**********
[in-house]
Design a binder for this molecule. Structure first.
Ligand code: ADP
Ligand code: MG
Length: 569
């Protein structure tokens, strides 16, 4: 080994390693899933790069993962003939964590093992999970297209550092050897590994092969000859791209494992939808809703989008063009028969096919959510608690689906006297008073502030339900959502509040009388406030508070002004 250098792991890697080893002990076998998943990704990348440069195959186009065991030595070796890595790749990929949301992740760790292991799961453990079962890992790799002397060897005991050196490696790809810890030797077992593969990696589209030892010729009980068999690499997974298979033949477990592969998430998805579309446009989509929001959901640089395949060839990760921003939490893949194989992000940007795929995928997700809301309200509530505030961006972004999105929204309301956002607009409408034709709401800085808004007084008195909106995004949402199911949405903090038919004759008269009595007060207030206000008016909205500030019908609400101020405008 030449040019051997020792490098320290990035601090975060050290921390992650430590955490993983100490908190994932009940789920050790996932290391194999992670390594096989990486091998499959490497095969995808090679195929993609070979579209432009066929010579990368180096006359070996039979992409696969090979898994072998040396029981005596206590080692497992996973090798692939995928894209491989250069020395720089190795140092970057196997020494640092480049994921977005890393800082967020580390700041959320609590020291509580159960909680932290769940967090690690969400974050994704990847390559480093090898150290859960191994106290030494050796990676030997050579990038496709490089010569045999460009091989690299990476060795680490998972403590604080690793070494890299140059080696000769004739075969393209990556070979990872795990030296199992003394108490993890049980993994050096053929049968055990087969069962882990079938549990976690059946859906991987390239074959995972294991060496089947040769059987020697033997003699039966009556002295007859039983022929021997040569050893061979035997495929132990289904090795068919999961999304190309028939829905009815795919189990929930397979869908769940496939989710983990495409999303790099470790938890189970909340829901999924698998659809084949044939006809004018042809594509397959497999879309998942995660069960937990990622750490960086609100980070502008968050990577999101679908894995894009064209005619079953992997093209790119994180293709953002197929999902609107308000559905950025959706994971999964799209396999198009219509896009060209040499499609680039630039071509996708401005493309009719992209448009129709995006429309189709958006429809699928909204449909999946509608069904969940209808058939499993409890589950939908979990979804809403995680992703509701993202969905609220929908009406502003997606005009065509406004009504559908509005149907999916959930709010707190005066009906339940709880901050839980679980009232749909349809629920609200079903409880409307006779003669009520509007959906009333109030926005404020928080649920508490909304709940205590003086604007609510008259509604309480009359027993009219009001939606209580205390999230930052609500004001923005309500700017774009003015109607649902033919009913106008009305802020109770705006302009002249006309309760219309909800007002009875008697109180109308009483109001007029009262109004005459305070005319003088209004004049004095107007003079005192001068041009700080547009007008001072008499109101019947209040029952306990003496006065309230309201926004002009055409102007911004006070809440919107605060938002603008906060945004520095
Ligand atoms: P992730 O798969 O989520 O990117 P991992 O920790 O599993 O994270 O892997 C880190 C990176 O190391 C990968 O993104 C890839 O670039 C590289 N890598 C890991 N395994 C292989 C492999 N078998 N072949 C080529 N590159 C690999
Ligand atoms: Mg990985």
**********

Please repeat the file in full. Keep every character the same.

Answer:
[in-house]
Design a binder for this molecule. Structure first.
Ligand code: ADP
Ligand code: MG
Length: 569
């Protein structure tokens, strides 16, 4: 080994390693899933790069993962003939964590093992999970297209550092050897590994092969000859791209494992939808809703989008063009028969096919959510608690689906006297008073502030339900959502509040009388406030508070002004 250098792991890697080893002990076998998943990704990348440069195959186009065991030595070796890595790749990929949301992740760790292991799961453990079962890992790799002397060897005991050196490696790809810890030797077992593969990696589209030892010729009980068999690499997974298979033949477990592969998430998805579309446009989509929001959901640089395949060839990760921003939490893949194989992000940007795929995928997700809301309200509530505030961006972004999105929204309301956002607009409408034709709401800085808004007084008195909106995004949402199911949405903090038919004759008269009595007060207030206000008016909205500030019908609400101020405008 030449040019051997020792490098320290990035601090975060050290921390992650430590955490993983100490908190994932009940789920050790996932290391194999992670390594096989990486091998499959490497095969995808090679195929993609070979579209432009066929010579990368180096006359070996039979992409696969090979898994072998040396029981005596206590080692497992996973090798692939995928894209491989250069020395720089190795140092970057196997020494640092480049994921977005890393800082967020580390700041959320609590020291509580159960909680932290769940967090690690969400974050994704990847390559480093090898150290859960191994106290030494050796990676030997050579990038496709490089010569045999460009091989690299990476060795680490998972403590604080690793070494890299140059080696000769004739075969393209990556070979990872795990030296199992003394108490993890049980993994050096053929049968055990087969069962882990079938549990976690059946859906991987390239074959995972294991060496089947040769059987020697033997003699039966009556002295007859039983022929021997040569050893061979035997495929132990289904090795068919999961999304190309028939829905009815795919189990929930397979869908769940496939989710983990495409999303790099470790938890189970909340829901999924698998659809084949044939006809004018042809594509397959497999879309998942995660069960937990990622750490960086609100980070502008968050990577999101679908894995894009064209005619079953992997093209790119994180293709953002197929999902609107308000559905950025959706994971999964799209396999198009219509896009060209040499499609680039630039071509996708401005493309009719992209448009129709995006429309189709958006429809699928909204449909999946509608069904969940209808058939499993409890589950939908979990979804809403995680992703509701993202969905609220929908009406502003997606005009065509406004009504559908509005149907999916959930709010707190005066009906339940709880901050839980679980009232749909349809629920609200079903409880409307006779003669009520509007959906009333109030926005404020928080649920508490909304709940205590003086604007609510008259509604309480009359027993009219009001939606209580205390999230930052609500004001923005309500700017774009003015109607649902033919009913106008009305802020109770705006302009002249006309309760219309909800007002009875008697109180109308009483109001007029009262109004005459305070005319003088209004004049004095107007003079005192001068041009700080547009007008001072008499109101019947209040029952306990003496006065309230309201926004002009055409102007911004006070809440919107605060938002603008906060945004520095
Ligand atoms: P992730 O798969 O989520 O990117 P991992 O920790 O599993 O994270 O892997 C880190 C990176 O190391 C990968 O993104 C890839 O670039 C590289 N890598 C890991 N395994 C292989 C492999 N078998 N072949 C080529 N590159 C690999
Ligand atoms: Mg990985």